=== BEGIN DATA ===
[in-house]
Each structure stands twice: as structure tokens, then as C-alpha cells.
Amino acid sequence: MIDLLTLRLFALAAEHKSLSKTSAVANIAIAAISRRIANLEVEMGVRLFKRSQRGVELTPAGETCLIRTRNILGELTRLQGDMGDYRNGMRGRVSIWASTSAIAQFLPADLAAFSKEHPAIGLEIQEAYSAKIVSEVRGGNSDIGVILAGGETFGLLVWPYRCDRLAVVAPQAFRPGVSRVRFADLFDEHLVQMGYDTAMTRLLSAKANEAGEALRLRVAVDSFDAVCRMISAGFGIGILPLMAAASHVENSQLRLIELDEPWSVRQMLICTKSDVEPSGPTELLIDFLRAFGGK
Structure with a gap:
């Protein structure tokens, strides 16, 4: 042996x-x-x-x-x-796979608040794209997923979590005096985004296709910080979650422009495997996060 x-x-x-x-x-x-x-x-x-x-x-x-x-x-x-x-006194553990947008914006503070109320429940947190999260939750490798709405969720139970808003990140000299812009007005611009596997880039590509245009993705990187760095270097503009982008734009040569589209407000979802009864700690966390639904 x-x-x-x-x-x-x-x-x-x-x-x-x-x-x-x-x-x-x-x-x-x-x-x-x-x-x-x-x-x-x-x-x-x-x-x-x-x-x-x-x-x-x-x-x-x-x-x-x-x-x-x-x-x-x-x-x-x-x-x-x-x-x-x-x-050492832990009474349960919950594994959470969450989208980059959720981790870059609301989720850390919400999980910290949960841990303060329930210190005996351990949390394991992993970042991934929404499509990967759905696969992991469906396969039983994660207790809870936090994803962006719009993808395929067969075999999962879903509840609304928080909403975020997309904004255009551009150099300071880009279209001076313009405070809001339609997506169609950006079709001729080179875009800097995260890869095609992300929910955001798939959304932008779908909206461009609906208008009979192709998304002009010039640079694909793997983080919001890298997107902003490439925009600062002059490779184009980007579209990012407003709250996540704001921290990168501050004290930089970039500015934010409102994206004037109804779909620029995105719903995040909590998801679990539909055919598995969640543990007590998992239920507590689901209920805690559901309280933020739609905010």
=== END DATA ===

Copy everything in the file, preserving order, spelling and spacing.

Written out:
[in-house]
Each structure stands twice: as structure tokens, then as C-alpha cells.
Amino acid sequence: MIDLLTLRLFALAAEHKSLSKTSAVANIAIAAISRRIANLEVEMGVRLFKRSQRGVELTPAGETCLIRTRNILGELTRLQGDMGDYRNGMRGRVSIWASTSAIAQFLPADLAAFSKEHPAIGLEIQEAYSAKIVSEVRGGNSDIGVILAGGETFGLLVWPYRCDRLAVVAPQAFRPGVSRVRFADLFDEHLVQMGYDTAMTRLLSAKANEAGEALRLRVAVDSFDAVCRMISAGFGIGILPLMAAASHVENSQLRLIELDEPWSVRQMLICTKSDVEPSGPTELLIDFLRAFGGK
Structure with a gap:
């Protein structure tokens, strides 16, 4: 042996x-x-x-x-x-796979608040794209997923979590005096985004296709910080979650422009495997996060 x-x-x-x-x-x-x-x-x-x-x-x-x-x-x-x-006194553990947008914006503070109320429940947190999260939750490798709405969720139970808003990140000299812009007005611009596997880039590509245009993705990187760095270097503009982008734009040569589209407000979802009864700690966390639904 x-x-x-x-x-x-x-x-x-x-x-x-x-x-x-x-x-x-x-x-x-x-x-x-x-x-x-x-x-x-x-x-x-x-x-x-x-x-x-x-x-x-x-x-x-x-x-x-x-x-x-x-x-x-x-x-x-x-x-x-x-x-x-x-x-050492832990009474349960919950594994959470969450989208980059959720981790870059609301989720850390919400999980910290949960841990303060329930210190005996351990949390394991992993970042991934929404499509990967759905696969992991469906396969039983994660207790809870936090994803962006719009993808395929067969075999999962879903509840609304928080909403975020997309904004255009551009150099300071880009279209001076313009405070809001339609997506169609950006079709001729080179875009800097995260890869095609992300929910955001798939959304932008779908909206461009609906208008009979192709998304002009010039640079694909793997983080919001890298997107902003490439925009600062002059490779184009980007579209990012407003709250996540704001921290990168501050004290930089970039500015934010409102994206004037109804779909620029995105719903995040909590998801679990539909055919598995969640543990007590998992239920507590689901209920805690559901309280933020739609905010």